In His Grace


Pahi Pahi Gopa Baala

ragam: anandabhairavi    thaalam: Aadi
Composer:  Shri  Sundara Narayana

Pahi Pahi gopa baala vaasudevaa Krishnaa
Krishnaa protect me protect me, cowherd boy son of Vasudeva

Dehi maam Kaarunyam Guruvayoorappa
Guruvayoorappa, Give me your blessing and be kind to me.

ahivara shayana viswapaala devaa Krishnaa
Krishna, who sleeps on the great snake,( Anantha )
and who takes care of the whole world,

vihara mama hrudi wisvaroopa Devaa
Reside in my heart oh Deva, the lord of the world.

mahithabaahu phalguna saarathi devaa Krishnaa
Krishna who is the charioteer of the great Arjuna,

vihasitha saarasamukha Deva devaa
Lord of Devas,who is always smiling and has a beautiful face like a lotus

suhsitha sundaraanana vaasudevaa krishnaa
Smiling baeutiful faced son of Vasudeva Krishnaa

mohansareera pahi neeradanga
Please protect me, Krishnaa who is smiling and beautiful
and who has blue coloured body like the cloud.

Paahi divya vaarijaksha vaasudevaa krishnaaa
Protect me, holy one, lotus eyed son of Vasudeva, Krishnaa

Dehi sharanam nityam bandhuraanga
Oh one who has a shining body,please give me protection always.

aadyantha rahitha sarva jeeva paala Krishnaa
Oh , Krishna, one who has no beginning or end,who is the protector of all lives,

Veda swaroopa paahi tham namaami
One who is the embodiment of Vedas, protect me. I bow to you.

Vaathagehey viraajitha vaasudevaa thava
Son of Vasudeva, who resides in Guruvayoor

paadamooley dehi mama anthimaalayam
Please give me my final abode under your feet.

Sa Ri Ga Ma Pa Da Ni Sa
“Pahi Pahi Gopa Baala,” our teacher sang. We followed the words as we learned the bhajan, “Pahi Pahi Gopa Baala”…  “Vasudeva Krishna”…. “Vasudeva  Krishna.”   She continues leading us as the class progresses and she sings all of the two verses which are on the page of this new bhajan in my new class, carnatic singing class.  We will go through the bhajan phrase by phrase, kind of like kirtan.  At the end of class, she always graciously sings it through  so I can record it, as much for the pronunciation as for the melody and rhythm. Ever since I began attending temple at the Chinamaya Mission, I have always been drawn to the music.  Music has always been in my heart and I studied classical  piano and violin for most  of my youth and young adulthood.  I even spent a good portion of my college years majoring in music education until I did a turnabout in my senior year, and switched to psychology. How I ended up in law school is another story.  But music never left me, bound together as we were. (In my adulthood, I also played electronic keyboards in a rock band playing music written by my ex-husband, a far cry from where I am now, but a learning experience in playing without the music written note by note for me! )   So, I was thrilled to be starting this new class, where I could learn devotional singing.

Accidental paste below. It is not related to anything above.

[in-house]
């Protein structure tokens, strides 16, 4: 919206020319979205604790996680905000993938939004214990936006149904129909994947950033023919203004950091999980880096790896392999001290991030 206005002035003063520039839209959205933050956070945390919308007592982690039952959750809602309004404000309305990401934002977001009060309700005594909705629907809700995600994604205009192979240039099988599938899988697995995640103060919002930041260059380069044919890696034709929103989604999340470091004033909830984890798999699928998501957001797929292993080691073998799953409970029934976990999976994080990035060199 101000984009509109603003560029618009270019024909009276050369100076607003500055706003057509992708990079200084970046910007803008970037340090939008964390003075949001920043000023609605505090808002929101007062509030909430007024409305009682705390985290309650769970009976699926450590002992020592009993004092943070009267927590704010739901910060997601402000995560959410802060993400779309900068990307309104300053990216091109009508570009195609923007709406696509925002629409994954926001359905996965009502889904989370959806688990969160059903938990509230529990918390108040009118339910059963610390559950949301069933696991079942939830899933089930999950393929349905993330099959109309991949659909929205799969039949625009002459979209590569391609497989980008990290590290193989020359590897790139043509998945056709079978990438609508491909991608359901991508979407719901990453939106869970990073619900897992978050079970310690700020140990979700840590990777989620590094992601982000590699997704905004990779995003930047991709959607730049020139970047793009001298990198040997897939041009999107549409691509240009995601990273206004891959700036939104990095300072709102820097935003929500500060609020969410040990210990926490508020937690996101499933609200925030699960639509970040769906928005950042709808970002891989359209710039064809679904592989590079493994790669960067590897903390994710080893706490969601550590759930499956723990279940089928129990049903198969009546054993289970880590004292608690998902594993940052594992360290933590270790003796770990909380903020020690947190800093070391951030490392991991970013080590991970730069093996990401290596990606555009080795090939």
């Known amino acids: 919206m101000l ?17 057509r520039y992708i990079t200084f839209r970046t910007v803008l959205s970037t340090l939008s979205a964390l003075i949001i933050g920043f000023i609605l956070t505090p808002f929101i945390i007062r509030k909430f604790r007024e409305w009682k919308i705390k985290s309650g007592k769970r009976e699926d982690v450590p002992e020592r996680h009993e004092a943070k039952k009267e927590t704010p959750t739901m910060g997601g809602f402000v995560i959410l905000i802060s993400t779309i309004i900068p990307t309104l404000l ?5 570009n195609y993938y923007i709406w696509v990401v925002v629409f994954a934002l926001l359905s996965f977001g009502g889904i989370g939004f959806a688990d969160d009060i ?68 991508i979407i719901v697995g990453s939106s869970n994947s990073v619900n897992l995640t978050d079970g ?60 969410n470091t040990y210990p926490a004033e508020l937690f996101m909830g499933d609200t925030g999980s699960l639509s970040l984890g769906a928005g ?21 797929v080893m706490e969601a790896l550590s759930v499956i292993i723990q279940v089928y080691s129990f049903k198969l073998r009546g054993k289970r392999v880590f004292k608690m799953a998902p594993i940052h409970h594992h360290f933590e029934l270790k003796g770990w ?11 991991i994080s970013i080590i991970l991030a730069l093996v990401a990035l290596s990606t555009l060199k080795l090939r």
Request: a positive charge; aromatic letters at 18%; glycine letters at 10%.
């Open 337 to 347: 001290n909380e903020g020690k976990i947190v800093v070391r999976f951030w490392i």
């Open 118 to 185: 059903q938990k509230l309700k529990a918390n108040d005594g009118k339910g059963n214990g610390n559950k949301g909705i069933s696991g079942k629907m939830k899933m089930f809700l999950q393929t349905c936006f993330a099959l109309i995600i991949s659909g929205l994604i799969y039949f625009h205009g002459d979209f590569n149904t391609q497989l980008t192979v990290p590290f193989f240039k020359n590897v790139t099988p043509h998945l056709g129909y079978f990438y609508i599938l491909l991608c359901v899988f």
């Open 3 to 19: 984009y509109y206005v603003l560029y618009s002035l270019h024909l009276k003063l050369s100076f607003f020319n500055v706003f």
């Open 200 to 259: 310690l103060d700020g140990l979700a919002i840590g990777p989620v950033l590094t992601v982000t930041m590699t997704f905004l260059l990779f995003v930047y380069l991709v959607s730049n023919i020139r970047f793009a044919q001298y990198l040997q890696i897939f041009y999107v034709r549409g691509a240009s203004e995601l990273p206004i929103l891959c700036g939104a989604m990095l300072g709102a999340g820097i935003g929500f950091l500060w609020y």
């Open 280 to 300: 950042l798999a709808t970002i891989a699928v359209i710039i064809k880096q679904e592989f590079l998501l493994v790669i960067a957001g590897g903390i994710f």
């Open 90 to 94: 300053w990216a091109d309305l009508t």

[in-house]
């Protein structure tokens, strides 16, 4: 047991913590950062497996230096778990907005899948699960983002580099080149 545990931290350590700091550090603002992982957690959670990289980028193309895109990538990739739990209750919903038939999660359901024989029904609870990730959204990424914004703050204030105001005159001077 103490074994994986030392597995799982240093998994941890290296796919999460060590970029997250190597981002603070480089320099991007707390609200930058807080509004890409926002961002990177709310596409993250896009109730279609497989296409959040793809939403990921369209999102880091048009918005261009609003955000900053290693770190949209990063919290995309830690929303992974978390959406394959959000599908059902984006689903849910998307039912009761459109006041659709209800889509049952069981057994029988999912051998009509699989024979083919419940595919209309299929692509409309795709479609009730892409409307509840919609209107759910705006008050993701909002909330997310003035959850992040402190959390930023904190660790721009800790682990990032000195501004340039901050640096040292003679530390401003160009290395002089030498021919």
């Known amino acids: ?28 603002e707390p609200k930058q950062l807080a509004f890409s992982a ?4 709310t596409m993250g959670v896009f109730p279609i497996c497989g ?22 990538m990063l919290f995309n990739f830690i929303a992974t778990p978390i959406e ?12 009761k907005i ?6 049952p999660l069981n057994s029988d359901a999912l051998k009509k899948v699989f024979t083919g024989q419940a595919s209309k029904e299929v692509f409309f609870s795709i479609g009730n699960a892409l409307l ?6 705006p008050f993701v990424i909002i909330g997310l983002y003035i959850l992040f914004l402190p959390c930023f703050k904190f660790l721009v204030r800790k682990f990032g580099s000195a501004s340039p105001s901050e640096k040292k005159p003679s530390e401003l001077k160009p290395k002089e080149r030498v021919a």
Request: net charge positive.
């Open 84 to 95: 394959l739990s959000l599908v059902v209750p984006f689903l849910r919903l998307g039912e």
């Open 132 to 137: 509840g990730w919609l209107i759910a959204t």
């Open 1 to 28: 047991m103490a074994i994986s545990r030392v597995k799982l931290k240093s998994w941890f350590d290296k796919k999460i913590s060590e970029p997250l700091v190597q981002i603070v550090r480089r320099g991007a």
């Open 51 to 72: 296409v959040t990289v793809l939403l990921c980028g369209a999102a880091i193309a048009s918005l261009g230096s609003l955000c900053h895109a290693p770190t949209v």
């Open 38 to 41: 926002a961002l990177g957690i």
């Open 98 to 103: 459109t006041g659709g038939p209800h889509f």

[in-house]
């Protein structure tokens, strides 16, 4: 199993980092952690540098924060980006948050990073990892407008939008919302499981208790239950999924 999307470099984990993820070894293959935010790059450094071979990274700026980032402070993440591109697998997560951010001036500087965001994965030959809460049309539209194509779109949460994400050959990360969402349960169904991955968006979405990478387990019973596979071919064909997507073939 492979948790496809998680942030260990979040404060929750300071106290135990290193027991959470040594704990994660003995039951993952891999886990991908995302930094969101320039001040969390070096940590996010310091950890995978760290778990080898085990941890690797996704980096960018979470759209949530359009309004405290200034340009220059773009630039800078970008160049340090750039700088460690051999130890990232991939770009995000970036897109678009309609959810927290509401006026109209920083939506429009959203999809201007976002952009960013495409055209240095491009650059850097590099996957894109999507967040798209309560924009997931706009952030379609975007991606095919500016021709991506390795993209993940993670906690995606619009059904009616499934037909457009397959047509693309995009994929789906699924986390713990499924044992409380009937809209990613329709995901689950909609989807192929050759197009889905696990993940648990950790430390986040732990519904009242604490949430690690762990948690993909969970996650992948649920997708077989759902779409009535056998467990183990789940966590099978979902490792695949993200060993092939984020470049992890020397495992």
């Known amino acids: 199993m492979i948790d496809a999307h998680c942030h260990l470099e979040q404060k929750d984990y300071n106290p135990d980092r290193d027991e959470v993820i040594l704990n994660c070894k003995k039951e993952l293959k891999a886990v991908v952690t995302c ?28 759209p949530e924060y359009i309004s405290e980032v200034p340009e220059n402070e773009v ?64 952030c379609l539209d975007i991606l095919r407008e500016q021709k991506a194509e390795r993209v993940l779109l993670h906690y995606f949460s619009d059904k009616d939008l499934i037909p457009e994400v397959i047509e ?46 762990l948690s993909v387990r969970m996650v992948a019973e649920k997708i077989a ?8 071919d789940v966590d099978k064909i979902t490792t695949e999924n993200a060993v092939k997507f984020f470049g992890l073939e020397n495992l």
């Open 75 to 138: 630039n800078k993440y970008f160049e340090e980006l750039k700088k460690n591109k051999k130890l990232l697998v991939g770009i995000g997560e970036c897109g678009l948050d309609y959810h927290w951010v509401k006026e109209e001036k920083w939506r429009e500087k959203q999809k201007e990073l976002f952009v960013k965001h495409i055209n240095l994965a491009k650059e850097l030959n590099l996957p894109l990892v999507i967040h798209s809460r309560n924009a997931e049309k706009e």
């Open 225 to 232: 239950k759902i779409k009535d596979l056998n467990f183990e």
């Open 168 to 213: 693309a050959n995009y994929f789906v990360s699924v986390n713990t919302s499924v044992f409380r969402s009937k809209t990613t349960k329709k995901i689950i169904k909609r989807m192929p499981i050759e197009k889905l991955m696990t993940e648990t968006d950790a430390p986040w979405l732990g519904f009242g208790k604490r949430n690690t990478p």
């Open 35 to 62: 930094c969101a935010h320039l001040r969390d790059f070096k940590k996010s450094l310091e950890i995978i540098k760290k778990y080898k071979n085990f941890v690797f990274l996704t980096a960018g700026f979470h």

I look around me…there is one catch. I am the only adult in the class, surrounded by young girls and boys just beginning their study as well. Sa Ri Ga Ma Pa Da Ni Sa,  the syllabic equivalent to the western scale, Do Re Mi Fa Sol La Ti Do.   But this will not be the first or the last time I am the child with children, so I might as well get used to it.  After a bit, I stop feeling uncomfortable and the class becomes more comfortable with me.  After all, I do stand out a bit to them with my blond hair and blue eyes.  But the Lord knows no limits on His love and the Self  has no form, so here I am,  just where He wants me. And as we move on and the groups merge, there are a few adults in the new batch.

When I stopped taking classes to focus on kirtan I slowly began to pull out some of the bhajans I had learned in class.  I did not want to lose all of what I had studied so hard to learn and I decided that now since I did not have to study new bhajans, I would pull out the old ones I had learned and also learn to accompany myself on the harmonium. I could also slow down and really study them one by one, learning the raga and memorizing the words more fully.  Pahi Pahi was always one of my favorites. But something was missing…I had the words (sahityam) and the melody to the song (swara) , but no translation.  I have this thing about translation of the words I sing…I like to know what I am singing. I had looked online and elsewhere, seeking a translation of the words I had and had come up with a rough idea of the first two verses which I had, but did not get much further and wanted to be sure it was correct.

So, when I was invited to join a Krishna bhakta  devotee group early this year, specifically a group dedicated to Guruvayurappa, I decided to ask to see if anyone had any idea who wrote the bhajan, since it referenced Guruvayurappa, one of the manifestations of Lord Krishna.  That was all I knew about Him in this form.  Swamiji at the Mission had told me that the man who wrote Pahi Pahi was from South India, and had written many bhajans, and had suffered a stroke and was paralyzed.  So, I wrote to the list looking for both the name of the  composer and help with the translation to the words which I posted.  I don’t ask for much, do I?

In His Grace
Well,  The Lord does have His way of granting wishes, or does He have His way of implementing His wishes?   He wanted me to be in that group,  and my wish was granted, even more so than I could have imagined when I made my request…I have reproduced below a small excerpt from what I wrote to the list looking for the words and the composer…this was on January 6th…